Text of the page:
Music Notes – May 2014

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Breakthrough JUNO for A Tribe Called Red

 

Mainstream media coverage of the JUNO Awards usually dwells upon best-selling icons of pop culture like Drake, Arcade Fire, and Teagan and Sara. There’s plenty of celebrity gossip too. Will fans boo Justin Beiber? Will Robin Thicke show up? For this writer, however, it’s the less hyped recipients who really deserve the attention. These would include 2014 Contemporary Jazz Album winner Christine Jensen (Habitat), World Music Album winner David Buchbinder (Walk to the Sea), and (most notably), Ottawa-based electronic DJ crew A Tribe Called Red. The latter took home the award for Breakthrough Group of the Year at the gala ceremony, broadcast from Winnipeg on March 30th. Although they didn’t get to perform, it was gratifying that their win was shown on the national telecast. A Tribe Called Red is a powerful supporter of the Idle No More movement. In 2013 they were voted best group by the Aboriginal Peoples Choice Music Awards, and their second release, Nation II Nation, was voted best album. Their hard-driving ‘pow-wow step’ music and brilliant video productions challenge and subvert the ideology of the Canadian settler state. You can download their eponymous first album (it’s free) and view their videos at http://www.atribecalledred.com.

 

Calls for Neil Young to Honour BDS

 

Petition campaigns have been launched to persuade rock superstar Neil Young to withdraw from a concert scheduled for July in Tel Aviv. Canadians for Peace and Justice in the Middle East and Independent Jewish Voices Canada are asking Young to respect the call from Palestinian civil society for boycott, divestment, and sanctions until Israel ends its illegal occupation of Palestinian territories, recognizes the right of its Arab-Palestinian citizens for equality, and allows Palestinian refugees to return to their homes. In honouring the boycott, Young would join company with musicians like Roger Waters, Brian Eno, Annie Lennox, Carlos Santana and Elvis Costello. Throughout his long career Neil Young has demonstrated sympathy for native struggles on the North American continent. Earlier this year he gave a series of high-profile “Honour the Treaties” concerts to raise funds for the Athabasca Chipewyan First Nation in aid of its legal battle to halt tar sands expansion on its territory. Given this level of awareness, one might expect that he’d be able to see the similarities between the oppression of native peoples in North America and that of Palestinians. To sign a petition visit http://www.cjpme.nationbuilder.com/neil_young or ijvcanada.org.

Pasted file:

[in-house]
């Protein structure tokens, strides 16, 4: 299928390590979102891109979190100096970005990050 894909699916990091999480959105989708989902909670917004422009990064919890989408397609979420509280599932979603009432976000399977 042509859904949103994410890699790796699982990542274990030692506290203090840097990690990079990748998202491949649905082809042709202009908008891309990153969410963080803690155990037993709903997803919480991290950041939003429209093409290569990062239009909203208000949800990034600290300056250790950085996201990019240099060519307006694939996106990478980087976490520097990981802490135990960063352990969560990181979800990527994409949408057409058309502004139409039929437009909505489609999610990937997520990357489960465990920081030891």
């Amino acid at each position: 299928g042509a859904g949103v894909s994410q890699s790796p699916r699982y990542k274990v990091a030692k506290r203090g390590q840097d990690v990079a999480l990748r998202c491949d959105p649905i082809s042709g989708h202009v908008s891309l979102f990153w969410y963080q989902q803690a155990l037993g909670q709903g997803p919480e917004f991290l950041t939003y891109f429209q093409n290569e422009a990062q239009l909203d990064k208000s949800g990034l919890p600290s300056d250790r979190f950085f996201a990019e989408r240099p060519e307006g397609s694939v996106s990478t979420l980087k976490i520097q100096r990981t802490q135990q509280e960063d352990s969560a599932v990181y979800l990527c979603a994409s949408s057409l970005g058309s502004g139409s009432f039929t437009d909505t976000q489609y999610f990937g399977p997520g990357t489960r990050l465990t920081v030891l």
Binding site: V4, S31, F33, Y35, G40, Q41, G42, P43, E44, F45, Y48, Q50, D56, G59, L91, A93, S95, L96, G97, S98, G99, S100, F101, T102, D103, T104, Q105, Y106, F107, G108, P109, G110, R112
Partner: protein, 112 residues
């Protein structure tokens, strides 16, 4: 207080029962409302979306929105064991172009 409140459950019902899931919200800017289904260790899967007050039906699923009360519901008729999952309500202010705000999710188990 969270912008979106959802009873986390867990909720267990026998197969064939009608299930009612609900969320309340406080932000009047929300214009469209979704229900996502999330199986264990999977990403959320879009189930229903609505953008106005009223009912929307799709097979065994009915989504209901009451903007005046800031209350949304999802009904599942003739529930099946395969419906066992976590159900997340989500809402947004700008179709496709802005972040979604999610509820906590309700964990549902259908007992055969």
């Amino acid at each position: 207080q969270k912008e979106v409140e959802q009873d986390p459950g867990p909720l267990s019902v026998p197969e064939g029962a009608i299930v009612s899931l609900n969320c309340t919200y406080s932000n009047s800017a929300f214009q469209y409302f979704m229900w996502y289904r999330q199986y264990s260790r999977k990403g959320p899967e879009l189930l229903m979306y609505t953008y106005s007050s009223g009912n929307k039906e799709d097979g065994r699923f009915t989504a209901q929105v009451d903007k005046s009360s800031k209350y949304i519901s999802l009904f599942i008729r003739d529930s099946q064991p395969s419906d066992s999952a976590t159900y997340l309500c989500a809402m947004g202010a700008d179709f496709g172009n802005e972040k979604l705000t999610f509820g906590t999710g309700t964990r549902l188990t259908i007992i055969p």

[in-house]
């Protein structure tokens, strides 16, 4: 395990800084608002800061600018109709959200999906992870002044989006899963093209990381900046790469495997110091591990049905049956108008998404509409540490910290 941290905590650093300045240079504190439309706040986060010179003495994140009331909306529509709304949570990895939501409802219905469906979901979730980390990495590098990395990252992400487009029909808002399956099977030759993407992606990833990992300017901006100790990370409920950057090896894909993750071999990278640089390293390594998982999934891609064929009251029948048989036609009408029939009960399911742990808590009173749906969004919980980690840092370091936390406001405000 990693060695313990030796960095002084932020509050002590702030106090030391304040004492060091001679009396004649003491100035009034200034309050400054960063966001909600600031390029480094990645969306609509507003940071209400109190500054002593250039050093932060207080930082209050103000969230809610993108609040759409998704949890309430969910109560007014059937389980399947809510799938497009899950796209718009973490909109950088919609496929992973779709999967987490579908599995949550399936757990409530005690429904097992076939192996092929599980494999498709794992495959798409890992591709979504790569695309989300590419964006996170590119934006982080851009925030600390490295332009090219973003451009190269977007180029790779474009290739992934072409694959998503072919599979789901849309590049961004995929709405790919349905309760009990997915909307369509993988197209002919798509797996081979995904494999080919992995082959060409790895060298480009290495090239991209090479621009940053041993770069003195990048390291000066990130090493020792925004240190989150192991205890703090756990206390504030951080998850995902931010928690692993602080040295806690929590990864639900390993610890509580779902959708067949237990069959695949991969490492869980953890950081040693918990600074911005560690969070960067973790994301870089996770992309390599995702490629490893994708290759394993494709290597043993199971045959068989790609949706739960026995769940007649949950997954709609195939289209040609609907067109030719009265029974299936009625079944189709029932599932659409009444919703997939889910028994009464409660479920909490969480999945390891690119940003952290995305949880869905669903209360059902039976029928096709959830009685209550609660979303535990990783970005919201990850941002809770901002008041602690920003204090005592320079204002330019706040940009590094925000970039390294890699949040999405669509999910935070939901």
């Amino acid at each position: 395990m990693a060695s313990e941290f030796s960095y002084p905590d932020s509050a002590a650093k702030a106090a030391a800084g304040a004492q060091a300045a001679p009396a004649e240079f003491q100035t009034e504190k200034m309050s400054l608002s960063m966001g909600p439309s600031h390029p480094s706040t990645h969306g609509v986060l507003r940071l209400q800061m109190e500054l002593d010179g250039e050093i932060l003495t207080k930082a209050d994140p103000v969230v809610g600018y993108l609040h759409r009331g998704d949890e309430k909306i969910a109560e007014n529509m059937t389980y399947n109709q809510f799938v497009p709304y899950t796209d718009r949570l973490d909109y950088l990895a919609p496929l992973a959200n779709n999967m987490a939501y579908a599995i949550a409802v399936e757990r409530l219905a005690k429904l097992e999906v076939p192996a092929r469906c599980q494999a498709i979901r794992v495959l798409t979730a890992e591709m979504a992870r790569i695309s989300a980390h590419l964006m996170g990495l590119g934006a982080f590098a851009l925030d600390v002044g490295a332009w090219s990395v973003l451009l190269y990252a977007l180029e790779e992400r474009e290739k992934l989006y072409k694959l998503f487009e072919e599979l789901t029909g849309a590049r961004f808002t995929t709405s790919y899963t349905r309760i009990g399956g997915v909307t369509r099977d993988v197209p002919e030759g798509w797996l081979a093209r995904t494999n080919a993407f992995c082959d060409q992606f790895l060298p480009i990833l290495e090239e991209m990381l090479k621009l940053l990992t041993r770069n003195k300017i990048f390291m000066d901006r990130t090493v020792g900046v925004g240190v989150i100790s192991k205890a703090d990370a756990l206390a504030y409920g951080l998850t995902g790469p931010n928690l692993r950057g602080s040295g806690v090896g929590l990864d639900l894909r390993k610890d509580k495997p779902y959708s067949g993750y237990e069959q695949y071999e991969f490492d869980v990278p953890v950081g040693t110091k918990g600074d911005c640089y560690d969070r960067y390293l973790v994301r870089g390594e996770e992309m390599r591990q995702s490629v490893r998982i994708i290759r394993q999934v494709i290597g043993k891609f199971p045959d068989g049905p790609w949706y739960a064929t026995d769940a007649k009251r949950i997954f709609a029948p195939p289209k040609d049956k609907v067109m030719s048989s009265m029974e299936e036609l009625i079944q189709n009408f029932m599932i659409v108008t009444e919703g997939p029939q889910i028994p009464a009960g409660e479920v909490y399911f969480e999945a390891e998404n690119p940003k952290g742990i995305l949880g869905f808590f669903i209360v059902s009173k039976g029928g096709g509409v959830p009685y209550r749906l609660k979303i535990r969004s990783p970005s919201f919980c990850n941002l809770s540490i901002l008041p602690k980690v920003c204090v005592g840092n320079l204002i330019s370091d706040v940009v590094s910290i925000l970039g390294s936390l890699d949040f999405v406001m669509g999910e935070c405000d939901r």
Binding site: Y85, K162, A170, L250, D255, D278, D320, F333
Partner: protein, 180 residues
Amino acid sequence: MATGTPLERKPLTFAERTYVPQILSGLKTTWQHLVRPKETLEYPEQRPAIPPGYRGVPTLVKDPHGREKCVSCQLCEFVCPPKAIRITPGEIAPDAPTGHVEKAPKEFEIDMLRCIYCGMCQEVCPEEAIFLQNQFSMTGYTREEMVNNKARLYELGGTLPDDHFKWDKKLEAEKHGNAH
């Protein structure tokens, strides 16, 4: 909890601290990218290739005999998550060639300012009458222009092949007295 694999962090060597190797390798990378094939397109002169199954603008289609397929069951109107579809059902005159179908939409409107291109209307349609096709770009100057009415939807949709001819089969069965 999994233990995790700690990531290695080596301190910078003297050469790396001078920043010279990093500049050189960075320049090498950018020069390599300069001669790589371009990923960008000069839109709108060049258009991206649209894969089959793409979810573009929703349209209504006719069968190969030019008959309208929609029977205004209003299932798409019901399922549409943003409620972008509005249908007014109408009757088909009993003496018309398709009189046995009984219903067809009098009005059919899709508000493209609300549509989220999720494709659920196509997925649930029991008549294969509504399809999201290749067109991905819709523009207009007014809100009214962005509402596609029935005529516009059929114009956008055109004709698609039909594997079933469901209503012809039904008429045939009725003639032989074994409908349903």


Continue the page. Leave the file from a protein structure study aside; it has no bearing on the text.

Remembering Guthrie’s ‘Deportees’

 

In 1948 the great American troubadour Woody Guthrie composed Deportee (Plane Wreck at Los Gatos), a protest lyric about the racist mistreatment of migrant workers. After hearing on the radio that 28 migrants who were being deported from California back to Mexico had died in a plane crash at nearby Los Gatos Canyon, Guthrie was struck by the fact that only the names of the flight crew and the security guard were given. The anonymous workers’ bodies were buried in a mass grave in Fresno, California. A decade later Guthrie’s lyric was set to music by schoolteacher Martin Hoffman. The song soon became an American folk standard, after being popularized by Pete Seeger and recorded by a host of musical luminaries. Flash forward to 2014. Folksinger-activist John McCutcheon and a group of like-minded activists had a brainstorm: they guessed that Immigration and Naturalization Service archives in Washington would have a record of the victims’ names in the 1948 deportation order. Well, they found the names, and they raised the necessary funds to erect a monument at the mass grave site. You can view the moving dedication ceremony and hear the names of the victims read out at a special concert. Visit YouTube and search for “Deportees John McCutcheon”.

 

Funding Flap at Beaches Jazz

 

Toronto’s annual free Beaches Jazz Fest attracts an estimated 500,000 visitors a year. It’s the biggest festival of its kind in Canada, yet it has to fight for the pittance of funding it receives from Ontario’s Ministry of Tourism, Culture and Sport. After a public outcry when the 25-year-old festival’s funding application was rejected outright, the government announced that $75,000 had been ‘found’. What had really happened was that the Wynne government had been embarrassed by the revelation that, while it was depriving a popular free festival of support, it was giving huge grants to superstar rapper Drake ($300,000 for a 2-day concert that hopes to draw 60,000 people) and Maple Leaf Sports and Entertainment ($500,000 to attract the 2016 NBA all-star game). According to online ticket agencies, a pass to Drake’s upcoming OVA Fest at Toronto’s Molson Amphitheatre starts at $291. Of course funding priorities that privilege corporate spectacles over grassroots culture are not unique to the current Ontario government. They are unfortunately typical of most contemporary capitalist regimes. The Beaches Jazz Fest runs from July 18-23. For more info visit http://www.beachesjazz.com/.

 

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